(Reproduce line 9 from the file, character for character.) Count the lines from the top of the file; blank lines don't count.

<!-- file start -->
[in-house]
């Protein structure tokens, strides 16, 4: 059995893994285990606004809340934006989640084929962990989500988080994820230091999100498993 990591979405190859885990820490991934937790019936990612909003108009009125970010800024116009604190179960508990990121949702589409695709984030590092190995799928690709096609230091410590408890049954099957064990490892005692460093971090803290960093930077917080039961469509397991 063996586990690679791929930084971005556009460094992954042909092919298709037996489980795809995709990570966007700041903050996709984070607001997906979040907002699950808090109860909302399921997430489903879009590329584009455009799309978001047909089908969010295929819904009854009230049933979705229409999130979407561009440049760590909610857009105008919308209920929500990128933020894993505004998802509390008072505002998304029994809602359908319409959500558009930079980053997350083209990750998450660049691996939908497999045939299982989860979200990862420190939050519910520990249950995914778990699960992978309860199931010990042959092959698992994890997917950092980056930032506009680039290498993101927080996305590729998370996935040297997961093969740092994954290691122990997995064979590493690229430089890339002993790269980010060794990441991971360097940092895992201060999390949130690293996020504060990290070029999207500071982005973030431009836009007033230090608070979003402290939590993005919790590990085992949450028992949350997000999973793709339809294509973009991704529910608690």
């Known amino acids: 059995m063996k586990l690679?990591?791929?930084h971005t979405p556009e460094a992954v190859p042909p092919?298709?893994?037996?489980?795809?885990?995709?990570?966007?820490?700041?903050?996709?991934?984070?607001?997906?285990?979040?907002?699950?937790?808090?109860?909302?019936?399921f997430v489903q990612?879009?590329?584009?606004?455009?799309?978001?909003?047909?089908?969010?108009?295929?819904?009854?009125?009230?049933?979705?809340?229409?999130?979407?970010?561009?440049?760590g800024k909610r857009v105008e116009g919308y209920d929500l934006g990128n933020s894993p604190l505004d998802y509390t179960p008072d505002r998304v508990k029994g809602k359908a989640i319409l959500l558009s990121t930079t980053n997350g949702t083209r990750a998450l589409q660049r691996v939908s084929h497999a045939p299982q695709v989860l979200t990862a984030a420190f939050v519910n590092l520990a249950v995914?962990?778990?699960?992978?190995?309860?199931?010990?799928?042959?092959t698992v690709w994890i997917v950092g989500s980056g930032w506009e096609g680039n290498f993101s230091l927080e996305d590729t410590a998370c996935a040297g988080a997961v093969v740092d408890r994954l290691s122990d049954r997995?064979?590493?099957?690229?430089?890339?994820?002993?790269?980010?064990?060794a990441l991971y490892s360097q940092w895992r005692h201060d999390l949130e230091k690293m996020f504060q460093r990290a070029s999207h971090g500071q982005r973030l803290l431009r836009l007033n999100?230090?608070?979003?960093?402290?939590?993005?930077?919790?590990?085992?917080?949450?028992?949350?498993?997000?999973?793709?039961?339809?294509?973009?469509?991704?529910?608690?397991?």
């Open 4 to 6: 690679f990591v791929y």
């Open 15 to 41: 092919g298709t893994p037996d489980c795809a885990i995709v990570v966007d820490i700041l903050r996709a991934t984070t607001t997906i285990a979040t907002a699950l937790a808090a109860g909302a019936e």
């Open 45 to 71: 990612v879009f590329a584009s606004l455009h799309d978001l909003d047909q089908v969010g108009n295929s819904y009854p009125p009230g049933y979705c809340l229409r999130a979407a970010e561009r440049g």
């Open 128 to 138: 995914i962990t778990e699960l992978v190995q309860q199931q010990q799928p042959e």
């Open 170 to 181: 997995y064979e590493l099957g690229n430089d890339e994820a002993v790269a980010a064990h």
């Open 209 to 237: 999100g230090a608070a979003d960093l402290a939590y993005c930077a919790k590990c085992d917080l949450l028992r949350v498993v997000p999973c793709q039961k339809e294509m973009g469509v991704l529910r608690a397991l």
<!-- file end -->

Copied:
């Open 209 to 237: 999100g230090a608070a979003d960093l402290a939590y993005c930077a919790k590990c085992d917080l949450l028992r949350v498993v997000p999973c793709q039961k339809e294509m973009g469509v991704l529910r608690a397991l």